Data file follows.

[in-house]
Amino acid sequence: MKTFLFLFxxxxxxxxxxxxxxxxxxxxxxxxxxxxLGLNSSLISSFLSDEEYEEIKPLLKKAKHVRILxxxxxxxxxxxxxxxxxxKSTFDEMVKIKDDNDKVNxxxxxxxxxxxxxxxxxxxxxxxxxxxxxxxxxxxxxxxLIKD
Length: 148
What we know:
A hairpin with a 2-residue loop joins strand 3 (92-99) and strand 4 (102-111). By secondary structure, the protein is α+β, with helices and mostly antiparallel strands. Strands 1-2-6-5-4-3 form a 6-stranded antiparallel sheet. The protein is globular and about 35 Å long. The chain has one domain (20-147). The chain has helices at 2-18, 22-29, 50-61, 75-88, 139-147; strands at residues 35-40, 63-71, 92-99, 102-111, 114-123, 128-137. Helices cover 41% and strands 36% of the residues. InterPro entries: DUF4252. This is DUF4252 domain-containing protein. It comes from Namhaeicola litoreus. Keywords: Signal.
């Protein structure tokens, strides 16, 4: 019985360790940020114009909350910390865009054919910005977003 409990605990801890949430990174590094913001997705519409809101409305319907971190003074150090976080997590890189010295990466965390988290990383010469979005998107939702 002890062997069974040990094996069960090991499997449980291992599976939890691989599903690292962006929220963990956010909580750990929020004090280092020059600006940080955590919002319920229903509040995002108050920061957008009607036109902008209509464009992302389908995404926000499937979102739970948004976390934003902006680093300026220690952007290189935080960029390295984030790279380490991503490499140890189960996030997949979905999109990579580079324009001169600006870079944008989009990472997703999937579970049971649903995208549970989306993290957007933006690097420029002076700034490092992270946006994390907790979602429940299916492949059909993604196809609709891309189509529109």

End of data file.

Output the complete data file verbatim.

[in-house]
Amino acid sequence: MKTFLFLFxxxxxxxxxxxxxxxxxxxxxxxxxxxxLGLNSSLISSFLSDEEYEEIKPLLKKAKHVRILxxxxxxxxxxxxxxxxxxKSTFDEMVKIKDDNDKVNxxxxxxxxxxxxxxxxxxxxxxxxxxxxxxxxxxxxxxxLIKD
Length: 148
What we know:
A hairpin with a 2-residue loop joins strand 3 (92-99) and strand 4 (102-111). By secondary structure, the protein is α+β, with helices and mostly antiparallel strands. Strands 1-2-6-5-4-3 form a 6-stranded antiparallel sheet. The protein is globular and about 35 Å long. The chain has one domain (20-147). The chain has helices at 2-18, 22-29, 50-61, 75-88, 139-147; strands at residues 35-40, 63-71, 92-99, 102-111, 114-123, 128-137. Helices cover 41% and strands 36% of the residues. InterPro entries: DUF4252. This is DUF4252 domain-containing protein. It comes from Namhaeicola litoreus. Keywords: Signal.
């Protein structure tokens, strides 16, 4: 019985360790940020114009909350910390865009054919910005977003 409990605990801890949430990174590094913001997705519409809101409305319907971190003074150090976080997590890189010295990466965390988290990383010469979005998107939702 002890062997069974040990094996069960090991499997449980291992599976939890691989599903690292962006929220963990956010909580750990929020004090280092020059600006940080955590919002319920229903509040995002108050920061957008009607036109902008209509464009992302389908995404926000499937979102739970948004976390934003902006680093300026220690952007290189935080960029390295984030790279380490991503490499140890189960996030997949979905999109990579580079324009001169600006870079944008989009990472997703999937579970049971649903995208549970989306993290957007933006690097420029002076700034490092992270946006994390907790979602429940299916492949059909993604196809609709891309189509529109």